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Foreign Vaccines, National Task Force: What India Must Do To Become Corona-Mukt By Year End

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This post is a part of YKA’s dedicated coverage of the novel coronavirus outbreak and aims to present factual, reliable information. Read more.

New Year’s is a great time to give up anything that’s holding you back; unpacking a little emotional baggage is a great way to celebrate it. The Covid-19 pandemic has affected our lives and how we live it. Everyday decisions have suddenly become harder to make. Further, the uncertain and unexpected evoke pronounced fear and stress.

So, when the Union Health Minister said that India would be in a position to vaccinate at least all of its adult population by the end of 2021,
it was a great sign of relief for everyone; however, he could not elaborate as to how India is going to achieve it.

India is in desperate need of expert disaster management to achieve this target. Currently, Covid management is considered an administrative problem. Moreover, the pandemic was declared a Central government responsibility under the National Disaster Management Act in March 2020, and comes under the jurisdiction of the Home Ministry, though the Ministry is not related to the management of the pandemic even remotely.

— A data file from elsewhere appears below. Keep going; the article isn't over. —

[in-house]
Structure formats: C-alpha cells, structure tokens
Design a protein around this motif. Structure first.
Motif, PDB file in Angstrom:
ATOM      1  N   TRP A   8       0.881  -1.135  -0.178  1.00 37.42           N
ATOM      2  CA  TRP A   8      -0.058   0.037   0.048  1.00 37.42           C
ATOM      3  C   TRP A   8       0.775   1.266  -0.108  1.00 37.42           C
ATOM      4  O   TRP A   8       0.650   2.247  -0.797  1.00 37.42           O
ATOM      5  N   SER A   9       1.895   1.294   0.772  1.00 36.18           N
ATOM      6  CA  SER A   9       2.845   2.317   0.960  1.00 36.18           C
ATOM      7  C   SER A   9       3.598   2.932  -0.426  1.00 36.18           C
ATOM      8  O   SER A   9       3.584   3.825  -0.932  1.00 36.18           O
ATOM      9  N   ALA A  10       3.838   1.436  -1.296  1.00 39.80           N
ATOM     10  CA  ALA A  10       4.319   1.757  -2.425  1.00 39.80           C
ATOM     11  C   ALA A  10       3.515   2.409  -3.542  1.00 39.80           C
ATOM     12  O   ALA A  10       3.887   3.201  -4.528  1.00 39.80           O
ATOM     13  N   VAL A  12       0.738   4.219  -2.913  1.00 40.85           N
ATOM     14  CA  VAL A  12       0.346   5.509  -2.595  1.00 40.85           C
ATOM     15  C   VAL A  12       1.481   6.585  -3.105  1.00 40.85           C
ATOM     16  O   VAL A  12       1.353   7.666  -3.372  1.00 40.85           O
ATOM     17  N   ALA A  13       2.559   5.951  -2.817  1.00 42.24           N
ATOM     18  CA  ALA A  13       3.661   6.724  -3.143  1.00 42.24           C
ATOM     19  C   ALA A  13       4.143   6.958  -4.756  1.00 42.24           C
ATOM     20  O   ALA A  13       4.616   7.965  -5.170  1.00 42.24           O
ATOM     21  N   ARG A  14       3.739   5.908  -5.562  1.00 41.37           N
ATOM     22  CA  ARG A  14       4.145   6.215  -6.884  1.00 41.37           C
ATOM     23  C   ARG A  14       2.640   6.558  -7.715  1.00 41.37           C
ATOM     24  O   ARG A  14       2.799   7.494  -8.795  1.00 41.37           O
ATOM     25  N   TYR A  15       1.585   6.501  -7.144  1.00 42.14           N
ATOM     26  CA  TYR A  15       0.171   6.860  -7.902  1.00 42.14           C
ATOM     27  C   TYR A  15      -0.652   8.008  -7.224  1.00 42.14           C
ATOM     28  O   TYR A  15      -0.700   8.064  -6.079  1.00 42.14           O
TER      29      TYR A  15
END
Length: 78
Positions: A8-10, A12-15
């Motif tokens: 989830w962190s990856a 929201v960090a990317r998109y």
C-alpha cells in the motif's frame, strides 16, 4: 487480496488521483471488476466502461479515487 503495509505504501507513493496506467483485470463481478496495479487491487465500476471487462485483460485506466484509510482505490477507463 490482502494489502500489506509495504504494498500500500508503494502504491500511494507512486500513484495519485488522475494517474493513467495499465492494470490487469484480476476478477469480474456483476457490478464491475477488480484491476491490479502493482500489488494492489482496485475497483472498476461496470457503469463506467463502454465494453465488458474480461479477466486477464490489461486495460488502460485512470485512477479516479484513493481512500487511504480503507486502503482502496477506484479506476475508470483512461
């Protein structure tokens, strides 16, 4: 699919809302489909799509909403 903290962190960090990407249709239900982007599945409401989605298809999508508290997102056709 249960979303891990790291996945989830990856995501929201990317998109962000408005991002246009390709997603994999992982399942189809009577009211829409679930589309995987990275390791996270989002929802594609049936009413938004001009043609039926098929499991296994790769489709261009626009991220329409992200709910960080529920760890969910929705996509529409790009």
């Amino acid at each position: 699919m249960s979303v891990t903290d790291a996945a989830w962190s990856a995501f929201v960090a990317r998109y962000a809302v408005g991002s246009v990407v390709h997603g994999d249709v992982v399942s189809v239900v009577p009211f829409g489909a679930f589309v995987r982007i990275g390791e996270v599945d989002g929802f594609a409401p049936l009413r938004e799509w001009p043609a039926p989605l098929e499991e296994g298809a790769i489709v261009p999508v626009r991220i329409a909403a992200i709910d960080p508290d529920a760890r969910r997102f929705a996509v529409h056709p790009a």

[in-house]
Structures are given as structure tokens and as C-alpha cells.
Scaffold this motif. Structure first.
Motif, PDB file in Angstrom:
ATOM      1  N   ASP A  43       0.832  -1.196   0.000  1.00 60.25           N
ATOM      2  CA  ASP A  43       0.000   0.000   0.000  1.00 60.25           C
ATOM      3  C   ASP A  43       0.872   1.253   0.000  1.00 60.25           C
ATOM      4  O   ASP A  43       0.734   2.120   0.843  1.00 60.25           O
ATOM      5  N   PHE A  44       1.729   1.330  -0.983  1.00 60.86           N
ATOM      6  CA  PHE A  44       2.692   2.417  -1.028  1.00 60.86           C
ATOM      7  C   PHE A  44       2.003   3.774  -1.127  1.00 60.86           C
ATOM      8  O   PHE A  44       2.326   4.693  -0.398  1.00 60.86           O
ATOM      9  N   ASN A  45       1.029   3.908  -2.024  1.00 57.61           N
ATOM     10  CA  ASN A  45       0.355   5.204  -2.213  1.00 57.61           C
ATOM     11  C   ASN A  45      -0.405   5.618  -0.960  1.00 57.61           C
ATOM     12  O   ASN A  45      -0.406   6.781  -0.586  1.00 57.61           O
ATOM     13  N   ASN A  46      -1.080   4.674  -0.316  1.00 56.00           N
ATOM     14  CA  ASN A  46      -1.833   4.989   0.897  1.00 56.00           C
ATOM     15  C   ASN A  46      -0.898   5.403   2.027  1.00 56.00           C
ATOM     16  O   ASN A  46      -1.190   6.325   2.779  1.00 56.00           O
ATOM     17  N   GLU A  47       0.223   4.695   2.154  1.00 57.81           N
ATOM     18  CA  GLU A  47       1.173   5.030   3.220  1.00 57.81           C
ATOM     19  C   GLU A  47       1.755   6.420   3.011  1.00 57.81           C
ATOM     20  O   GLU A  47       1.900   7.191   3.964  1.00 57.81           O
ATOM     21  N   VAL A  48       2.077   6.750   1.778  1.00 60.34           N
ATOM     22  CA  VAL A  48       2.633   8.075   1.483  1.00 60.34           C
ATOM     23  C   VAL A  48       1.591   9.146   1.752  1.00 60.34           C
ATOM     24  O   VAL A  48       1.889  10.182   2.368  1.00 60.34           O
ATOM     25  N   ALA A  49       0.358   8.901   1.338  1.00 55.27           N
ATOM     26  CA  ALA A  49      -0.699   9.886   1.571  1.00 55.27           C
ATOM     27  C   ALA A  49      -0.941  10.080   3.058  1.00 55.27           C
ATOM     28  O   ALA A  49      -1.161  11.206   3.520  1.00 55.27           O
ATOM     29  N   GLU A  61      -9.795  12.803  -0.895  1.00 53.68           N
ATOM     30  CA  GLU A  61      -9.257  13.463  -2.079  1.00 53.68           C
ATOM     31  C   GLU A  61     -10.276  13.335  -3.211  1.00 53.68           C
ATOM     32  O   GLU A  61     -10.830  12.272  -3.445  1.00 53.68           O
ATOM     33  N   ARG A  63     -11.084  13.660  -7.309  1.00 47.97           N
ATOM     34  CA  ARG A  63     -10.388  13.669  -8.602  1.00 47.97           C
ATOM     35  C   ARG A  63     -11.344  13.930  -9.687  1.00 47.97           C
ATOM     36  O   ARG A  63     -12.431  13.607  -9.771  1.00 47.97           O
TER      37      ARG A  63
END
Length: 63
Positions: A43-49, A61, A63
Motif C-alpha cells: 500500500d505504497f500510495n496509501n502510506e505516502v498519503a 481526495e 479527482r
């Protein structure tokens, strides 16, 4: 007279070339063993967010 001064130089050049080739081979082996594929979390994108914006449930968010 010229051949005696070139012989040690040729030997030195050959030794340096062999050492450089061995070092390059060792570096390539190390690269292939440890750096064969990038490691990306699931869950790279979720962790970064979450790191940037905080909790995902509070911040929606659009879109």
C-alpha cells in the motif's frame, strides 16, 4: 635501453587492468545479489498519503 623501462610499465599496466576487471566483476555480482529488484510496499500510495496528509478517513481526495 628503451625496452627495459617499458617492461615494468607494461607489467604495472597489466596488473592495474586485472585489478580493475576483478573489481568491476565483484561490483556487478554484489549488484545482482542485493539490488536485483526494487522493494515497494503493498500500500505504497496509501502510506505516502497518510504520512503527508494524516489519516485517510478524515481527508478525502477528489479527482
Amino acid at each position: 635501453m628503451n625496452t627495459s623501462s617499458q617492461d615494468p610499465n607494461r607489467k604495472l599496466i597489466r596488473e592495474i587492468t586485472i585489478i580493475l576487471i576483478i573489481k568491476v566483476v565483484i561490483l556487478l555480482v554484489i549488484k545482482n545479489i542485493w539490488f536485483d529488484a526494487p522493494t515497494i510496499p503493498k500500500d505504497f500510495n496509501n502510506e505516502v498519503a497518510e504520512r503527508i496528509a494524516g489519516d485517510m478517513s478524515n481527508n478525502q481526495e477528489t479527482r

As a result, we haven’t been able to plan or implement Covid measures properly. For example, less than three months away from our July 2021 vaccination deadline, India has only reached 14% of its target. Due to the shortage in the vaccine, inoculation dropped from 35 lakh each day in the first week of April to 21 lakh in the last week of April. In May, the daily average dropped further to 16 lakh doses being administered per day.

Less than three months away from our July 2021 vaccination deadline, India has only reached 14% of its target.

That’s why it’s important to sit down, set a goal and put a plan in place to start crushing the goal. And this requires professional inputs. India has to achieve the goal of a Corona-Mukt Bharat for its endurance before the end of this year. For this, India has to vaccinate the entire population aged between 5 to 64. It is feasible, manageable and essential for India’s survival.

The article suggests a mechanism to achieve it.

In mid-March 2021, India believed that it was already past the worst of Covid-19 and the focus had largely shifted from containment to vaccination. The world was looking up to India’s production capacity for a steady supply, especially to poorer countries. By mid-March, India had exported over twice the number of doses it had administered at home. But then, the story changed suddenly. The daily infection rate that was on a steady decline took a reverse turn, almost with a vengeance. And the country found itself in the middle of a devastating second wave.